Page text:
The perfect combination of urban landscapes and green spaces, New York is perfect for outdoor activities that are both healthy and enjoyable, like cycling. Some may be surprised to learn that cyclists are welcome in the Big Apple, despite its gritty reputation. As a matter of fact, New York offers hundreds of miles of bike paths, making it one of the most extensive bike-sharing plans in North America.
People in New York City and visitors alike have discovered the joy of riding bikes, contributing to the city’s transformation into a bicycle paradise.
The experience of riding in New York is not as frightening as you might expect. In spite of the noisy streets and what seems an unending stream of yellow taxis, cycling is fairly easy here. In particular, if you understand where you’re going as well as how to navigate.
Get ready, steady, and pedal! Experiencing New York City by bicycle can be a joyful experience.
1. Hook Up Some Wheels
New York is a great city for visitors; whether you’re here for a week or if you’re among the lucky ones to live here forever, getting around is easy.
Citi Bike is a great choice if you are looking for a quick trip across town. In 2013, this self-service bike-sharing program was introduced, and it provides hundreds of stations throughout the city.
The process is simple: From any Citi Bike kiosk, you can buy either a 24-hour or 3-day pass access (for $12 or $24, respectively, tax included). After that, you will be given a five-digit code to unlock the bike. It’s important to return the bike to the station within 30 minutes in order to avoid extra charges.
The next time you want to check out a bike, reinsert your credit card (it won’t be charged) and follow the instructions. There is no limit to how many 30-minute check-outs you can make during those 24 hours or three days. Members of the local community can join for an annual fee.
When it comes to longer trips, renting a bike is cheap, convenient, and often comes with the option of going on organized tours. You can rent a bike through full-service companies like Bike NYC and Central Park Bike Rental, which are close to Central Park.
Bicycles can also be purchased at places like Brooklyn Flea, which is a great place to browse for secondhand bikes. As a general rule, helmets are highly recommended (legally required for children under 13). It’s easy to find them in every bike shop, and there are plenty of stylish options to keep those artfully unkempt locks looking their best.
2. Find The Greenways
With your trusty steed at the ready, saddle up and get going. Nevertheless, what if you are not prepared? New York’s cycling is mainly done on streets with motor vehicles, but there are extensive networks of bike lanes connecting the city’s boroughs and neighborhoods. As early as 1894, New York developed the first bike path in the country, and many government agencies and coalitions still advocate for better bicycle safety measures.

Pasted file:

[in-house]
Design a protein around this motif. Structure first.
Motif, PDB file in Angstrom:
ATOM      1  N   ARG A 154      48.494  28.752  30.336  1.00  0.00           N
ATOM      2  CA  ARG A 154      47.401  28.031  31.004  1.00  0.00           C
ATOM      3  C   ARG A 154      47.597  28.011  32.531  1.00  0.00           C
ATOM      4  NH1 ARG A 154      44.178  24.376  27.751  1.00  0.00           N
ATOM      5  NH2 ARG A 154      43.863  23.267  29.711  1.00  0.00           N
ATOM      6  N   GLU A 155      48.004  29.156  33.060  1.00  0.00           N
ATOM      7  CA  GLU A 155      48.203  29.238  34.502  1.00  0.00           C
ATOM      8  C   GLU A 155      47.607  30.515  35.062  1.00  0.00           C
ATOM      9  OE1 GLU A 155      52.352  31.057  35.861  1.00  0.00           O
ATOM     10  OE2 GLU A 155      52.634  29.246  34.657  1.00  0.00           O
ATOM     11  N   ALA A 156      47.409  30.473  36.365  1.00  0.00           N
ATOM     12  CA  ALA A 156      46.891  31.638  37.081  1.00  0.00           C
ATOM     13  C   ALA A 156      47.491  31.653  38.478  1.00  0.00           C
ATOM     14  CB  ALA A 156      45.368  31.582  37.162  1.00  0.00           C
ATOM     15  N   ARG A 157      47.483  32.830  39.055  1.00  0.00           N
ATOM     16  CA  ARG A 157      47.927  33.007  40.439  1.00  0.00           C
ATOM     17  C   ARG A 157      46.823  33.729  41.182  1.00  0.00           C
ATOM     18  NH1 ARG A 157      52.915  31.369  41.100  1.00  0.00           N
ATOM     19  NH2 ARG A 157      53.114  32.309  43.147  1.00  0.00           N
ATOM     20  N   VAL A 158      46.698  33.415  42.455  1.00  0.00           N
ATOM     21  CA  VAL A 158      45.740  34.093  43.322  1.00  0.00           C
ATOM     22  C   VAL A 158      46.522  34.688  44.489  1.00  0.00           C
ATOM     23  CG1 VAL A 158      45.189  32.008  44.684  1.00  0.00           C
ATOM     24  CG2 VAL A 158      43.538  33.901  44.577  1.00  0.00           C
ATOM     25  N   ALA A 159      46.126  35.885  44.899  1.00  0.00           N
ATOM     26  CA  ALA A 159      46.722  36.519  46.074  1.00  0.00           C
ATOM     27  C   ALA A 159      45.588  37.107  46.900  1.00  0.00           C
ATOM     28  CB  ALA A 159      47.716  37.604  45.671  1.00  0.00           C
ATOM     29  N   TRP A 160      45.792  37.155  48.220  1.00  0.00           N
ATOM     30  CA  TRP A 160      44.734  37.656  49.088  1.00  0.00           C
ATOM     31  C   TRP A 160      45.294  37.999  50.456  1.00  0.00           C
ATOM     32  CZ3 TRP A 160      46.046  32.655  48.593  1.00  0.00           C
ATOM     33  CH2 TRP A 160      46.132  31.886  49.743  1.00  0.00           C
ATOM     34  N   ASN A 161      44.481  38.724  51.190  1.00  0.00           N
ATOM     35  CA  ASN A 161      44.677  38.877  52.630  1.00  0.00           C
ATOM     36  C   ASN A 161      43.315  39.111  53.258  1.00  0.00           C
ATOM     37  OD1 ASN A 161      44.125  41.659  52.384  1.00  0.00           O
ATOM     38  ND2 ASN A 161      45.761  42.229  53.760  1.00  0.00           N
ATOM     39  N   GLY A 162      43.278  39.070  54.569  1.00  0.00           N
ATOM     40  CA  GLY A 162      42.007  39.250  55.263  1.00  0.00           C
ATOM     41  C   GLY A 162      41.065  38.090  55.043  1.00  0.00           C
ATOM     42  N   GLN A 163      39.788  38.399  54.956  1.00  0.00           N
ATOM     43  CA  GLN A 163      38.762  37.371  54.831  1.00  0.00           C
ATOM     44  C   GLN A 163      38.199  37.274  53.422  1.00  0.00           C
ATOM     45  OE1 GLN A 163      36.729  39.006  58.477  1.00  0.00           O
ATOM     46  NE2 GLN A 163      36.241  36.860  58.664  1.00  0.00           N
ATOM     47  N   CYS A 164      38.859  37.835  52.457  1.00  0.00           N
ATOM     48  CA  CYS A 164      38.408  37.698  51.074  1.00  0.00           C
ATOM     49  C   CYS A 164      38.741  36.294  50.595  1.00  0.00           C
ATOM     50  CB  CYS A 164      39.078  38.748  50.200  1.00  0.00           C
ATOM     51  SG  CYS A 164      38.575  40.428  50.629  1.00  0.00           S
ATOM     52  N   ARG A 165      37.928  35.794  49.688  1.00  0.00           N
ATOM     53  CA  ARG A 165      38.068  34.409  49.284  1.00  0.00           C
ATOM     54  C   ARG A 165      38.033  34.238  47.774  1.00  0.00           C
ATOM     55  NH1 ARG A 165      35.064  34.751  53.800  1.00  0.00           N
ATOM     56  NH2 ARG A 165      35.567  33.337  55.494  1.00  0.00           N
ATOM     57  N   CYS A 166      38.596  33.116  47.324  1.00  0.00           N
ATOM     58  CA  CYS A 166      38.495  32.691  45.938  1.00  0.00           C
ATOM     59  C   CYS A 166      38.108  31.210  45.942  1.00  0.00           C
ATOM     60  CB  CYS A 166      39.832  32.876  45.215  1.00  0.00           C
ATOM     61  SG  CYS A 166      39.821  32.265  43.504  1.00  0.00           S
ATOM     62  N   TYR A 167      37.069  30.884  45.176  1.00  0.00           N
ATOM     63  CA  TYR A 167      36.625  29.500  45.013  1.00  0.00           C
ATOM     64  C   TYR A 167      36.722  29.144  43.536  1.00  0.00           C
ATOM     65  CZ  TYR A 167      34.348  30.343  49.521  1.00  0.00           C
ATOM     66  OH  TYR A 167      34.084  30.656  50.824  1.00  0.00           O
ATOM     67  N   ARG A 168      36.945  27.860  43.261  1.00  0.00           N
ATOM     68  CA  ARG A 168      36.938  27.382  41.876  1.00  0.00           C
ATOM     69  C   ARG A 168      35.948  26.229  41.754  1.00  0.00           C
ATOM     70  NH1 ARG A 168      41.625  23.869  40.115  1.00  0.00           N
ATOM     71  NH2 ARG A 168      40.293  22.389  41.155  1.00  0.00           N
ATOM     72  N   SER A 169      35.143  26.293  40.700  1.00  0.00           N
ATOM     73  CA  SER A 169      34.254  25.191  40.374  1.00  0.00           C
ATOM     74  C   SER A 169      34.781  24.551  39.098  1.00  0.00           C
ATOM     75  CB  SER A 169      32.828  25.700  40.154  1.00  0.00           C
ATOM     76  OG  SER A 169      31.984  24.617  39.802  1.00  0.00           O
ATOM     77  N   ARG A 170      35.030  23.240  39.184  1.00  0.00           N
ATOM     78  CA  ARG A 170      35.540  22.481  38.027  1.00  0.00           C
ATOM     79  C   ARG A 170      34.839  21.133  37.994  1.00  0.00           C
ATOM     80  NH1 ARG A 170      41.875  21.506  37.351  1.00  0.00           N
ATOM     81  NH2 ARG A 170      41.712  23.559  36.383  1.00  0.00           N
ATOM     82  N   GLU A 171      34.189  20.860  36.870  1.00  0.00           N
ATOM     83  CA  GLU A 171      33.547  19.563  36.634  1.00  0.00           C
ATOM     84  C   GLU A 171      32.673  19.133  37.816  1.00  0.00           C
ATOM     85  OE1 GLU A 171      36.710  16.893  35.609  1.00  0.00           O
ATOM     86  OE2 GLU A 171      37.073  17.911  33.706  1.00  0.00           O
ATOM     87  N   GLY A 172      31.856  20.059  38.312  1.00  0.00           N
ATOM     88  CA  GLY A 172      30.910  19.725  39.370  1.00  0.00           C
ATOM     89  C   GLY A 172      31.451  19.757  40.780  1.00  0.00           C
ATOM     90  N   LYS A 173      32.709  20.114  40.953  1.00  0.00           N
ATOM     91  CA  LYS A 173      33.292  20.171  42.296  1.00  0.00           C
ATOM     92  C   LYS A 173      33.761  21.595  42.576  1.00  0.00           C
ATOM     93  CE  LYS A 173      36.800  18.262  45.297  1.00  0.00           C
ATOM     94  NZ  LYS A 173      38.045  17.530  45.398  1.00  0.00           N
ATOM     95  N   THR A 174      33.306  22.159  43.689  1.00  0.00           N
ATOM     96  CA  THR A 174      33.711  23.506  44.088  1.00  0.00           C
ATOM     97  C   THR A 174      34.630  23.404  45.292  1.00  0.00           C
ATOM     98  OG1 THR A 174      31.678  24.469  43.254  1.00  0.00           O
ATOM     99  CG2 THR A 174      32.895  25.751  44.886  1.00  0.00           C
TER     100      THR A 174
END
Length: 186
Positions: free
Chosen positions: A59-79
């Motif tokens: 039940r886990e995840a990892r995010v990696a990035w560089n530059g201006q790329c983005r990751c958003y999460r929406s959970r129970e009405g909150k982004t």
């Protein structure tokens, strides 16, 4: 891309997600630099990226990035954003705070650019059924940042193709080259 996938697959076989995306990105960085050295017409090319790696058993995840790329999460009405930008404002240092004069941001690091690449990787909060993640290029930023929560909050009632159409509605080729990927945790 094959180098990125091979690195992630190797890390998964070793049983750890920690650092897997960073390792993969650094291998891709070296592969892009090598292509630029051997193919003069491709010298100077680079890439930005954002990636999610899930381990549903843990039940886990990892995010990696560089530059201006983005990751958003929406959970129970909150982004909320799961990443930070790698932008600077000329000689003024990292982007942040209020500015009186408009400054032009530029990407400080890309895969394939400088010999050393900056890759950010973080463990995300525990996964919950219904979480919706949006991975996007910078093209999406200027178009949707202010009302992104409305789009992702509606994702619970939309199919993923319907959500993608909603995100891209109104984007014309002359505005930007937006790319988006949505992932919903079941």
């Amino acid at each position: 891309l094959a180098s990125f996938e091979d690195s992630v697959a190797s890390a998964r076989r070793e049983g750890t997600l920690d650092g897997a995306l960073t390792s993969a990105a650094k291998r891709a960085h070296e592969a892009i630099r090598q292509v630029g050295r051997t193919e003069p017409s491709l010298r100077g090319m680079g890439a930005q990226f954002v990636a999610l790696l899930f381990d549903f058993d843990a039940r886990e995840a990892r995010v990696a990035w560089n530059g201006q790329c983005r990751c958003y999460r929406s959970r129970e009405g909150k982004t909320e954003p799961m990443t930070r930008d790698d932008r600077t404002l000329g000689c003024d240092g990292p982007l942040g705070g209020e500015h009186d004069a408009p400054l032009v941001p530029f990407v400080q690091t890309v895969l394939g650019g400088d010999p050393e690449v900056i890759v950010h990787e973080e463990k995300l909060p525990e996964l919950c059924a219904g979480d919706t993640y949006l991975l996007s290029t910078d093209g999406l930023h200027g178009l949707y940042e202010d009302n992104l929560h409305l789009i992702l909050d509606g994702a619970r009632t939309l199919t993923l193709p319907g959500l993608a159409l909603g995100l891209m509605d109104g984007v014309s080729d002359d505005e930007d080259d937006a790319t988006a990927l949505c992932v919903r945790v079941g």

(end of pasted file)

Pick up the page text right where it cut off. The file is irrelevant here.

In case you’re a bit apprehensive about riding two wheels through New York City, check out the Greenways, a network of bike paths tucked away in the city’s many parks. There is so much traffic on the Hudson River Greenway on the west side that pedestrians and bikes need to be separated.
3. Don’t Be Timid – But Familiarize Yourself With The Rules
While it might seem tempting to breathlessly weave your way through the streets, you’d be better off gliding confidently. If safety is a concern for you, you face a significantly higher risk of being in an accident due to drivers overestimating your ability to navigate.
When you operate a vehicle, you must obey the rules of the road. Among those responsibilities are being considerate of pedestrians, obeying traffic signals, and staying within the speed limit. Take care not to get ‘doored’ on some older bike paths. Bike paths are set too close (or even in) parking lanes, which can lead to cyclists getting clipped by car doors opening suddenly.
4. Find A Club
There is something special about a city like New York because there is enough of it to make things happen. Therefore, there are various clubs specially established for cyclists – ranging from casual enthusiasts to those who consider greasing their chains to be a religious ritual.
A quick search of the Internet will reveal dozens of possibilities for social activities, one of which is the Five Boro Bike Tour (bike.nyc). The route covers 42 miles of car-free roads beginning in Lower Manhattan and continuing to Staten Island. You can share your tips and make some new friends by signing up.
5. Have Fun!
It may sound corny, but cycling is all about having fun. No matter what kind of cyclist you are, whether a commuter or a recreational cyclist, riding through New York is one of the best ways to remember that you are in the heart of a world-renowned city.
See the city from a different perspective when you explore it above ground. It is surprising how much one can discover even if he has lived in New York for a long time by pedaling past their two-wheelers.
Would you like to know how to tip like a New Yorker? Read our blog to learn.